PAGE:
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"Dorie" Miller

Doris Miller after being presented with the Navy Cross
Doris Miller after being presented with the Navy Cross. (Credit: Navy Photo ID: 80-G-408456, National Archives)


Within minutes aboard the USS West Virginia on December 7, 1941, Doris Miller, an African-American sailor, went from serving as the ship’s cook to a war hero when the Japanese attacked Pearl Harbor.

Miller woke up on the West Virginia at 6 a.m., and was collecting laundry when the alarm for general quarters sounded. He rushed to his battle station in the battery magazine, only to discover that torpedo damage had wrecked his station.

He went on deck, and it was then that Miller showed true leadership and courage: He manned a 50-caliber Browning anti-aircraft machine gun and fired at Japanese airplanes until he ran out of ammunition and was ordered to abandon ship.

USS West Virginia battleship was hit by two bombs and seven torpedoes during the Pearl Harbor attack.
USS West Virginia battleship was hit by two bombs and seven torpedoes during the Pearl Harbor attack. (Credit: U.S. Navy)
Miller described firing the machine gun during the battle, a weapon which he had not been trained to operate: "It wasn't hard. I just pulled the trigger and she worked fine. I had watched the others with these guns. I guess I fired her for about fifteen minutes. I think I got one of those Jap planes. They were diving pretty close to us."

During the attack, Japanese aircraft dropped two armored piercing bombs through the deck of the battleship and launched five 18-inch aircraft torpedoes into her port side. Of the 1,541 men on the USS West Virginia during the attack, 130 were killed and 52 wounded. Subsequently refloated, repaired, and modernized, the battleship served in the Pacific theater through to the end of the war in August 1945.

Miller was commended by the Secretary of the Navy Frank Knox on 1 April 1942, and on May, 27 1942 when he received the Navy Cross, presented to Miller on board aircraft carrier USS Enterprise (CV-6) for his extraordinary courage in battle. The commendation marked the first time in this conflict that such high tribute had been made in the Pacific Fleet to an African-American.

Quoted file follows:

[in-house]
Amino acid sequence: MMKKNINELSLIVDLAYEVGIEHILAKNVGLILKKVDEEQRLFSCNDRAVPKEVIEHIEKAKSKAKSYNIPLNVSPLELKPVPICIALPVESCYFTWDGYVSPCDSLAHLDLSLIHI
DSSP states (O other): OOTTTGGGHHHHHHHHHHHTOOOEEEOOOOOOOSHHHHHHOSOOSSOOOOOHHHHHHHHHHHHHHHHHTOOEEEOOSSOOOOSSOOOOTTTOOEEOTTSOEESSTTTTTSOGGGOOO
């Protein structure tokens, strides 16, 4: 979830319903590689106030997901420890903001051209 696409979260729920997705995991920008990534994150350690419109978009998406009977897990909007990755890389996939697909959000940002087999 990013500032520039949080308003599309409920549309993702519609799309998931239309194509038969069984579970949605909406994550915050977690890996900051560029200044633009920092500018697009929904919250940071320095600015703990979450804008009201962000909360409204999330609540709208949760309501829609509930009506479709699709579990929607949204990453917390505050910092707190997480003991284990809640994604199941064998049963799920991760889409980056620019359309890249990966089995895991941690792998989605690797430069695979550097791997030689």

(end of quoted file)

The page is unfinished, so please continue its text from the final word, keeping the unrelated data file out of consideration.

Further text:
Doris Miller receives the Navy Cross medal for heroism on board USS West Virginia (BB-48) during the Pearl Harbor Attack.
Doris Miller receives the Navy Cross medal for heroism on board USS West Virginia (BB-48) during the Pearl Harbor Attack. (Credit: Official U.S. Navy Photo ID: 80-G-23588, National Archives)

Miller, known as "Dorie" to shipmates and friends, was a fullback on his high school football team, and worked on his father's farm before enlisting in the U.S Navy as Mess Attendant, Third Class, in 1939 to travel, and earn money for his family. In addition to the Navy Cross, Miller was entitled to the Purple Heart Medal; the American Defense Service Medal, Fleet Clasp; the Asiatic-Pacific Campaign Medal; and the World War II Victory Medal. Miller was also the ship's heavyweight boxing champ on board the USS West Virginia.

Miller was killed on November, 24 1943 in the line of duty while serving in action on board the USS Liscome Bay (CVE-56) during Operation Galvanic, (the seizure of Makin and Tarawa Atolls in the Gilbert Islands). In 1973, the USS Miller (FF-1091), a Knox-class frigate, was named in honor of Doris Miller.

Miller’s niece, Vicky Miller, paid tribute to her uncle in an essay she wrote in 2009. “Lest we forget,when Doris Miller gave of himself to protect and defend America in the United States Navy, his efforts were so all Americans might live.”

 

 
 
 
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